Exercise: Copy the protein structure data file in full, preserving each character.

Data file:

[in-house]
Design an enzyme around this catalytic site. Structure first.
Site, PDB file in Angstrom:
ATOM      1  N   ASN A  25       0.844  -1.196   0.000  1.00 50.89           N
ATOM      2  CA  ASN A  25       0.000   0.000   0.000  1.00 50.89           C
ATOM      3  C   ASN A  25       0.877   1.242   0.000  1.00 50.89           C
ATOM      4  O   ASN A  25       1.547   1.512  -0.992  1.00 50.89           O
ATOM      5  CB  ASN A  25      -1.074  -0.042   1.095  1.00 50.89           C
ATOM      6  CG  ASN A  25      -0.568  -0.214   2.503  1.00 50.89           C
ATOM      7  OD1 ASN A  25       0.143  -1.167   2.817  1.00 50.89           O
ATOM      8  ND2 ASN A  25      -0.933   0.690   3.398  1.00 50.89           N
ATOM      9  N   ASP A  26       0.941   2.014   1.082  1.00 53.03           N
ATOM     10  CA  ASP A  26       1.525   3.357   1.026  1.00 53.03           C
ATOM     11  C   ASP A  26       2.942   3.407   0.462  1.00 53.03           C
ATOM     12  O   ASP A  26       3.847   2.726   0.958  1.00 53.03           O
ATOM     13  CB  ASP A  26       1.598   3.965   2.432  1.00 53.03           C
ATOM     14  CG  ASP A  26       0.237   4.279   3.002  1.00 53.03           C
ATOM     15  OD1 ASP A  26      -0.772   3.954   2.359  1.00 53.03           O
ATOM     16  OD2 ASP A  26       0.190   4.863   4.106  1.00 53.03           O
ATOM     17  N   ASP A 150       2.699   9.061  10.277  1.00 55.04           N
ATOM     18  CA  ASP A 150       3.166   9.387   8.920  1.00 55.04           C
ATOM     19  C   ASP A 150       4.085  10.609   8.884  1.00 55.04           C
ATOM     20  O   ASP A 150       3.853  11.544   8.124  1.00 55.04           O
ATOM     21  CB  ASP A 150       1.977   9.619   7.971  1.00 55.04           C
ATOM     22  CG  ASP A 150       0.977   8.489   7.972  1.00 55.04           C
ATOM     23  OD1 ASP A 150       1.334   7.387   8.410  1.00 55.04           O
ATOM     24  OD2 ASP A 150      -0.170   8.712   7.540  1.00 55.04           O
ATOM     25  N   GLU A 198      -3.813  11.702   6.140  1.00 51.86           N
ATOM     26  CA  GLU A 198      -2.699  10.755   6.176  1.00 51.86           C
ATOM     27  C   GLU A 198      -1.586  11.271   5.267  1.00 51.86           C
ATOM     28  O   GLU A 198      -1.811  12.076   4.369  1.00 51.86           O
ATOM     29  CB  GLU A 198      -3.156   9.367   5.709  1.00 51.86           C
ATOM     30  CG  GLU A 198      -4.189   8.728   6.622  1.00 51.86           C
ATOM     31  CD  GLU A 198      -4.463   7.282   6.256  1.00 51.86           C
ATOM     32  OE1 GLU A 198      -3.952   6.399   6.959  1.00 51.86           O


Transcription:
[in-house]
Design an enzyme around this catalytic site. Structure first.
Site, PDB file in Angstrom:
ATOM      1  N   ASN A  25       0.844  -1.196   0.000  1.00 50.89           N
ATOM      2  CA  ASN A  25       0.000   0.000   0.000  1.00 50.89           C
ATOM      3  C   ASN A  25       0.877   1.242   0.000  1.00 50.89           C
ATOM      4  O   ASN A  25       1.547   1.512  -0.992  1.00 50.89           O
ATOM      5  CB  ASN A  25      -1.074  -0.042   1.095  1.00 50.89           C
ATOM      6  CG  ASN A  25      -0.568  -0.214   2.503  1.00 50.89           C
ATOM      7  OD1 ASN A  25       0.143  -1.167   2.817  1.00 50.89           O
ATOM      8  ND2 ASN A  25      -0.933   0.690   3.398  1.00 50.89           N
ATOM      9  N   ASP A  26       0.941   2.014   1.082  1.00 53.03           N
ATOM     10  CA  ASP A  26       1.525   3.357   1.026  1.00 53.03           C
ATOM     11  C   ASP A  26       2.942   3.407   0.462  1.00 53.03           C
ATOM     12  O   ASP A  26       3.847   2.726   0.958  1.00 53.03           O
ATOM     13  CB  ASP A  26       1.598   3.965   2.432  1.00 53.03           C
ATOM     14  CG  ASP A  26       0.237   4.279   3.002  1.00 53.03           C
ATOM     15  OD1 ASP A  26      -0.772   3.954   2.359  1.00 53.03           O
ATOM     16  OD2 ASP A  26       0.190   4.863   4.106  1.00 53.03           O
ATOM     17  N   ASP A 150       2.699   9.061  10.277  1.00 55.04           N
ATOM     18  CA  ASP A 150       3.166   9.387   8.920  1.00 55.04           C
ATOM     19  C   ASP A 150       4.085  10.609   8.884  1.00 55.04           C
ATOM     20  O   ASP A 150       3.853  11.544   8.124  1.00 55.04           O
ATOM     21  CB  ASP A 150       1.977   9.619   7.971  1.00 55.04           C
ATOM     22  CG  ASP A 150       0.977   8.489   7.972  1.00 55.04           C
ATOM     23  OD1 ASP A 150       1.334   7.387   8.410  1.00 55.04           O
ATOM     24  OD2 ASP A 150      -0.170   8.712   7.540  1.00 55.04           O
ATOM     25  N   GLU A 198      -3.813  11.702   6.140  1.00 51.86           N
ATOM     26  CA  GLU A 198      -2.699  10.755   6.176  1.00 51.86           C
ATOM     27  C   GLU A 198      -1.586  11.271   5.267  1.00 51.86           C
ATOM     28  O   GLU A 198      -1.811  12.076   4.369  1.00 51.86           O
ATOM     29  CB  GLU A 198      -3.156   9.367   5.709  1.00 51.86           C
ATOM     30  CG  GLU A 198      -4.189   8.728   6.622  1.00 51.86           C
ATOM     31  CD  GLU A 198      -4.463   7.282   6.256  1.00 51.86           C
ATOM     32  OE1 GLU A 198      -3.952   6.399   6.959  1.00 51.86           O